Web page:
Fossil freshwater mussels (Carbonicola) from Shettleston.
These bivalves (that is, creatures with hinged double shells) are similar in shape to modern freshwater mussels and are often found in the Coal Measures laid down during the Carboniferous Period (360-290 million years ago). At this time Scotland lay close to the equator and was part of a huge low-lying swampy coastal plain which had many rivers and lakes.
The mussels lived in swamps among tropical rainforests. When trees and vegetation died they rotted in the swamps, eventually becoming peat which, through a process of compression, slowly changed into coal. The Coal Measures were created in this way and in central Scotland these include the Ayrshire Coalfield, the Lothians Coalfield and the Central Coalfield.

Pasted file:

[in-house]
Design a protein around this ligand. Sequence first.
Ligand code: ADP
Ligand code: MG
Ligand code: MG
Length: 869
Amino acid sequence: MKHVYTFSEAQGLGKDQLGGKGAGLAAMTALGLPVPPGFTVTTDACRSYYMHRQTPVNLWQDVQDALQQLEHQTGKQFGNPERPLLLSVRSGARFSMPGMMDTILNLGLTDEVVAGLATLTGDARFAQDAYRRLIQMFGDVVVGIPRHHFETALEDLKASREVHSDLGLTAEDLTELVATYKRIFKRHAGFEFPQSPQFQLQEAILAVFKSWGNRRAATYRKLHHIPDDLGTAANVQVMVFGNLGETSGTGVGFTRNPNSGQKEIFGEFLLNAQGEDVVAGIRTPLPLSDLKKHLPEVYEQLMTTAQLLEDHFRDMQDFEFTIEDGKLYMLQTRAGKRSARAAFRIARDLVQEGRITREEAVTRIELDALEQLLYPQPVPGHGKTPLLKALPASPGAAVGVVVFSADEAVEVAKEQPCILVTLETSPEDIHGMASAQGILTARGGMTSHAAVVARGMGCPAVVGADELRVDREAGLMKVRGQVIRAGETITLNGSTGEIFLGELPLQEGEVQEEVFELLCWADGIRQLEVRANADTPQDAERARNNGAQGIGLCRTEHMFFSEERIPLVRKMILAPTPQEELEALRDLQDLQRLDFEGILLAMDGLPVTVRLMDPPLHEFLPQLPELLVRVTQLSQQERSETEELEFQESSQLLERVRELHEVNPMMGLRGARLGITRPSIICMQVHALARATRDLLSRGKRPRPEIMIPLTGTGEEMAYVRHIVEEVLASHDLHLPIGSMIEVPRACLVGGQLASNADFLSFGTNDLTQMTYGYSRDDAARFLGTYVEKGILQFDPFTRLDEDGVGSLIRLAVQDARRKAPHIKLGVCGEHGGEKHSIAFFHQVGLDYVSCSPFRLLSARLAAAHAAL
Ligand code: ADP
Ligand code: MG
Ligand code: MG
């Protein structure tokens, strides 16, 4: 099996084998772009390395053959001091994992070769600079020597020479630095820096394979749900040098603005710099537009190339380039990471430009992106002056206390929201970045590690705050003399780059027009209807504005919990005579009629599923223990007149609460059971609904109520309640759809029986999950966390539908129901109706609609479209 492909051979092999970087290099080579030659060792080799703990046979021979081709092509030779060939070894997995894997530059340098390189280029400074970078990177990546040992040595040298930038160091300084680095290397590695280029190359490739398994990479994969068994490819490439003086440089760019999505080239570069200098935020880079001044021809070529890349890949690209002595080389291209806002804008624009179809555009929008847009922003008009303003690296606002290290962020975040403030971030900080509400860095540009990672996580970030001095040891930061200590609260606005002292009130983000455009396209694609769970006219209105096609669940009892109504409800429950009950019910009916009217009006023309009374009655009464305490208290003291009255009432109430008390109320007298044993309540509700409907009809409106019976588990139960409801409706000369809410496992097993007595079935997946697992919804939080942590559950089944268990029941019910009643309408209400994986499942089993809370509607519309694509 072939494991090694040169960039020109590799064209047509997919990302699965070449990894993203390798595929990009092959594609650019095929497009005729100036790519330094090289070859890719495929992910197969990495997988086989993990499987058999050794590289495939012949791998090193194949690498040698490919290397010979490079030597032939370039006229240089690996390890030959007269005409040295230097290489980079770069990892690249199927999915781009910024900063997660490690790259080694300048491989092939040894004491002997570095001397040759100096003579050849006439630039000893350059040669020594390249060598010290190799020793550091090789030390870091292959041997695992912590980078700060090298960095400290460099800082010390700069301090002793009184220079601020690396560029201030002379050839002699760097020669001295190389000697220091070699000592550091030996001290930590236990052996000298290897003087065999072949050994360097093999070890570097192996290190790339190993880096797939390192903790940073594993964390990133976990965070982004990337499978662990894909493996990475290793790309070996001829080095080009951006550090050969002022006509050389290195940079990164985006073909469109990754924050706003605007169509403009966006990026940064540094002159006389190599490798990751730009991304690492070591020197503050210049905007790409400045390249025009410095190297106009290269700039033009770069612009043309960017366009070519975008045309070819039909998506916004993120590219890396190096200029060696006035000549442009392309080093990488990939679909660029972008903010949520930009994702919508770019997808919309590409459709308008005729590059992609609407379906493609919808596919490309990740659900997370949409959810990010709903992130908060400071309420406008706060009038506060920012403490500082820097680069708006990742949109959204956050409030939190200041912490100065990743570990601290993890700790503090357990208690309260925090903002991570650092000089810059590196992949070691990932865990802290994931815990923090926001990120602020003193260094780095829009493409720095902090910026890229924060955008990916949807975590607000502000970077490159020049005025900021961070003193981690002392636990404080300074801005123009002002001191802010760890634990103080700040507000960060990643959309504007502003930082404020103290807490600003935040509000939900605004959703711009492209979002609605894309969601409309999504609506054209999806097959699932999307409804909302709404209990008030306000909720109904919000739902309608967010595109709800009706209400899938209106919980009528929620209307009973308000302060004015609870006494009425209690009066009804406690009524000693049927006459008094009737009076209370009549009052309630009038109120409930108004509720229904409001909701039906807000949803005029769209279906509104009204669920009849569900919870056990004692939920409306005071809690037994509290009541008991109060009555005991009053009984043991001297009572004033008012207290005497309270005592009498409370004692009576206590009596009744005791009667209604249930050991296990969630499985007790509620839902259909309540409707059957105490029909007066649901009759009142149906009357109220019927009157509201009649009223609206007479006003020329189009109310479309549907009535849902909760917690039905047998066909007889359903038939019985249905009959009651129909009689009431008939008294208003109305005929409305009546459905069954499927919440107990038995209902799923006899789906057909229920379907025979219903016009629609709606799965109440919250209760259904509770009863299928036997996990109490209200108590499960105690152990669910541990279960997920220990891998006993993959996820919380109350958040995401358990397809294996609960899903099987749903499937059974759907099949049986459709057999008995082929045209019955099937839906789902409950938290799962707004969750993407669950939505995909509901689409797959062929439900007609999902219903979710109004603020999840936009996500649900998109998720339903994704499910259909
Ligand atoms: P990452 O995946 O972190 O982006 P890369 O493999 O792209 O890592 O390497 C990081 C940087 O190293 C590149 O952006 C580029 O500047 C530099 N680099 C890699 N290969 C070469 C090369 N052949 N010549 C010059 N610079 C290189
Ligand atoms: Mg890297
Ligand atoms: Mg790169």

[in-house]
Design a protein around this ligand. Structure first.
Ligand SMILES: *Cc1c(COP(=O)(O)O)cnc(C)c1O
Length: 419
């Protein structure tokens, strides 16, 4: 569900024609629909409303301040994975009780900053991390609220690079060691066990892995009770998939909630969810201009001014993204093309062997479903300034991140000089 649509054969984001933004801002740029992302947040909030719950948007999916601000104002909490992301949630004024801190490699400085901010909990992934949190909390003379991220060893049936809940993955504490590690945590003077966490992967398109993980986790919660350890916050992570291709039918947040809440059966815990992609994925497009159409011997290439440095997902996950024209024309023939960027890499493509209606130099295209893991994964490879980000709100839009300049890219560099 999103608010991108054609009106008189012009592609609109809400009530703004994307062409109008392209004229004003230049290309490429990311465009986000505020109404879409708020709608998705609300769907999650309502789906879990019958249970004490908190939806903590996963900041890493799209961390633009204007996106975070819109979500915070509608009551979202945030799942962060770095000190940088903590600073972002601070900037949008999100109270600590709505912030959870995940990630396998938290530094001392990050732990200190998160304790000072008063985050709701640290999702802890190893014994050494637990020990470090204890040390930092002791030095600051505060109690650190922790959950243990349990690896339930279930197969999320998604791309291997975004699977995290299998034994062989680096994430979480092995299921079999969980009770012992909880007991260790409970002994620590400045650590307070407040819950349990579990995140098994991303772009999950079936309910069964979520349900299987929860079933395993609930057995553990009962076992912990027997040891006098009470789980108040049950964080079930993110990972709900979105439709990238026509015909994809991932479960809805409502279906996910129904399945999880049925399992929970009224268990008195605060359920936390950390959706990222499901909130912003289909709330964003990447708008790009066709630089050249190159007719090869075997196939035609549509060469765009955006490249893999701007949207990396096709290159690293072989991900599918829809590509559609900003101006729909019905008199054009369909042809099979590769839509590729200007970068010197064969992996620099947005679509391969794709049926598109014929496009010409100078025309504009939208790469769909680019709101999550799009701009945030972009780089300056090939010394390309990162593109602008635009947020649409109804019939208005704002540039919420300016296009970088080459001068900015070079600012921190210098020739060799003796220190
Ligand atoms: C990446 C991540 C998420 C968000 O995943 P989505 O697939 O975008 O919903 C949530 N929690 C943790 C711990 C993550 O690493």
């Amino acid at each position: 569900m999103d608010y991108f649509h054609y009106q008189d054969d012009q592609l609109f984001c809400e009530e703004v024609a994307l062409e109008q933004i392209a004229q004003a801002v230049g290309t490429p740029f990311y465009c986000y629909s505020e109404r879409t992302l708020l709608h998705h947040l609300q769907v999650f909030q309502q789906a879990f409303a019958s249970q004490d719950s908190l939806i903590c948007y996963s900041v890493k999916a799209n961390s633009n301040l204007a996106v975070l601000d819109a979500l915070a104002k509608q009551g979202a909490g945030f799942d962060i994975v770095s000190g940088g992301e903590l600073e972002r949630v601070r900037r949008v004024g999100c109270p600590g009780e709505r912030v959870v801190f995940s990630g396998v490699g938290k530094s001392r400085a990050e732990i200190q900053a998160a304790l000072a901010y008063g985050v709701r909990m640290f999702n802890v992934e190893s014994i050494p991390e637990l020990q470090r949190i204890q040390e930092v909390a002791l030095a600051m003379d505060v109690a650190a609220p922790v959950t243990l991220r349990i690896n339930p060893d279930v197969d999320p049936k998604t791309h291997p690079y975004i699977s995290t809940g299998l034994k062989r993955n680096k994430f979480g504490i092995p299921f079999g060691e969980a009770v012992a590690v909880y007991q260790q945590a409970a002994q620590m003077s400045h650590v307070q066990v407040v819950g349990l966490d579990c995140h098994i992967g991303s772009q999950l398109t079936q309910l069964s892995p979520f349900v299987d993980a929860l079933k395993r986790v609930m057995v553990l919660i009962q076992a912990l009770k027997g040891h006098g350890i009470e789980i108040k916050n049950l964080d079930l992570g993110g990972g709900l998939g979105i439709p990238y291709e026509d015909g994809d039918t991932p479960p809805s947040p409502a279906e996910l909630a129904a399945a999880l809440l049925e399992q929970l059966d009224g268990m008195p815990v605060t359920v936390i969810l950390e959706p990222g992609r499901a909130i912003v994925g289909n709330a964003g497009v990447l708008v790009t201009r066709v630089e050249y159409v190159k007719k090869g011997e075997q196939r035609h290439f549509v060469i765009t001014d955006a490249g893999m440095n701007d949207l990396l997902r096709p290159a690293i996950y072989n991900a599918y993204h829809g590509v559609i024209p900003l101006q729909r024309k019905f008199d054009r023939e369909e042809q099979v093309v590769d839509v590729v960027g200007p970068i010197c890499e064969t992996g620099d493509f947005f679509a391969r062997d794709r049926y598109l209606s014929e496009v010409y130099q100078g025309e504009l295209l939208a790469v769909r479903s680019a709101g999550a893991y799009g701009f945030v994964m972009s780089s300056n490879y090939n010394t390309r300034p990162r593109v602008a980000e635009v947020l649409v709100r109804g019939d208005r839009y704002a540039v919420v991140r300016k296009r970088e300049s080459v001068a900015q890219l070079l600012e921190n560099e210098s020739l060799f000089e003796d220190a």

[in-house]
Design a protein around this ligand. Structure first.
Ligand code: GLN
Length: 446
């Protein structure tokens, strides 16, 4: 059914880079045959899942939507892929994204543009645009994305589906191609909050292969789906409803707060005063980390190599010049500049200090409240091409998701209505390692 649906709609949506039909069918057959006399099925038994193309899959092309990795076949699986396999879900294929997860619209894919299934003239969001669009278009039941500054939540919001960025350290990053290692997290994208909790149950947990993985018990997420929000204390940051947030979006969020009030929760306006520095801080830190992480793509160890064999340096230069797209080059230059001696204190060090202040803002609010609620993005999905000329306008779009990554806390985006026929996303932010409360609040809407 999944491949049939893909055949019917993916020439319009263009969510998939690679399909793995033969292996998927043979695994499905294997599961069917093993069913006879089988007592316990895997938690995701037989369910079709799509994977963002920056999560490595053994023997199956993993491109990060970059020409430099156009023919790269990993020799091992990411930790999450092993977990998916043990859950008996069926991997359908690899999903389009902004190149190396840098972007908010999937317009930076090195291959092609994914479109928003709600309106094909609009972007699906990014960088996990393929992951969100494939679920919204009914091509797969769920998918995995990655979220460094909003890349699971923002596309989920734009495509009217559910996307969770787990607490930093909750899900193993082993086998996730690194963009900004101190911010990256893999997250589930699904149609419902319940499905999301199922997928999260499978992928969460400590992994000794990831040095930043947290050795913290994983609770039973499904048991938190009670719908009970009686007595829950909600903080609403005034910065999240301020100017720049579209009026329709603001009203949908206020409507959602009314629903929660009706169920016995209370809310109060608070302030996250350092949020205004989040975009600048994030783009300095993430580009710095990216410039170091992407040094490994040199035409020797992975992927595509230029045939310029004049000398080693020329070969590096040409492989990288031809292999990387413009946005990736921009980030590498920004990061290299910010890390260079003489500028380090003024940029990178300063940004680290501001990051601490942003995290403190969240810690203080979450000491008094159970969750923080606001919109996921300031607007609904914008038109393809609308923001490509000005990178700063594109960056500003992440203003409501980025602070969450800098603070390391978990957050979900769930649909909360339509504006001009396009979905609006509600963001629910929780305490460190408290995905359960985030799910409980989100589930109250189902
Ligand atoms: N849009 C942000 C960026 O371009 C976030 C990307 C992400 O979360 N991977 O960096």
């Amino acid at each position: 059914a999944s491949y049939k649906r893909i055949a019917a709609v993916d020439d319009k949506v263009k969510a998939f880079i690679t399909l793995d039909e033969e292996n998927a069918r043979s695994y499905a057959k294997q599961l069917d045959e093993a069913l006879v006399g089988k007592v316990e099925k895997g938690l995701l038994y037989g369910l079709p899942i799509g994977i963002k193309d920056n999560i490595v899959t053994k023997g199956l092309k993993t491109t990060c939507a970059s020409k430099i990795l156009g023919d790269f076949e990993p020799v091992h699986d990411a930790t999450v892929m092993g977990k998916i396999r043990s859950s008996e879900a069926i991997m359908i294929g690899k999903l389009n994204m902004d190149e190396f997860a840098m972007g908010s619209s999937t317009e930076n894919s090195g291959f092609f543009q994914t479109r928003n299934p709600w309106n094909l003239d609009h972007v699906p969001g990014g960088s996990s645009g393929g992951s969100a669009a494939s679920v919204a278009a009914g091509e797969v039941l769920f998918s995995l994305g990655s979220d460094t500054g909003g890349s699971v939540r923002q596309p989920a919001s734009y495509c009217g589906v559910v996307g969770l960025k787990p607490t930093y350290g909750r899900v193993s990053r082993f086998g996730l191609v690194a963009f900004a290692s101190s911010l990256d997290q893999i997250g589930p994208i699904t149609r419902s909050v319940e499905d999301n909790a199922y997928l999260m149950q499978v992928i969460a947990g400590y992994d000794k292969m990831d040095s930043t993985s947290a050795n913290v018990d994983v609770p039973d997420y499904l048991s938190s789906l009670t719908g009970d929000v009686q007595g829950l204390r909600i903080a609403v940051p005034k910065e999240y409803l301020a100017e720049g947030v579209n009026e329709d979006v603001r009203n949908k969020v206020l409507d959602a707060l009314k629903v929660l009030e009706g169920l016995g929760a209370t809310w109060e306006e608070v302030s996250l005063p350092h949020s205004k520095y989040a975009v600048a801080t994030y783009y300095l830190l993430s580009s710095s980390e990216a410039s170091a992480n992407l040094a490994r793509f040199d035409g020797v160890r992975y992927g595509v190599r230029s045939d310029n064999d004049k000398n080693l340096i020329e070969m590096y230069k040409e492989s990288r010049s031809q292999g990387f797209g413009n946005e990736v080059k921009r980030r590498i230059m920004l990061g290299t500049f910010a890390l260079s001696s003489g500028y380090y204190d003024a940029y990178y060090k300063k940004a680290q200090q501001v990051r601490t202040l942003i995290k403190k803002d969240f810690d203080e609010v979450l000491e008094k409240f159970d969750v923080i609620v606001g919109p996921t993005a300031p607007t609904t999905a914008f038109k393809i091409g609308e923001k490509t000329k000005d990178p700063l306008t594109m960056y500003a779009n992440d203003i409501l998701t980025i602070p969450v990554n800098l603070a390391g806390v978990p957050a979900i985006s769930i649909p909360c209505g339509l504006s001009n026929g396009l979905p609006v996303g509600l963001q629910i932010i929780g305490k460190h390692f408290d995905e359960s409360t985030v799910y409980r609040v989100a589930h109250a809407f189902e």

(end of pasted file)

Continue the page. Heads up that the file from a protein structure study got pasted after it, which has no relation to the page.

Reproduced with the permission of Glasgow City Council, Glasgow Museums
Ayrshire Coalfield, bivalves, Carbonicola, Carboniferous Period, Central Coalfield, Coal Measures, fossils, freshwater mussels, geology, lakes, Lothians Coalfield, rainforests, swamps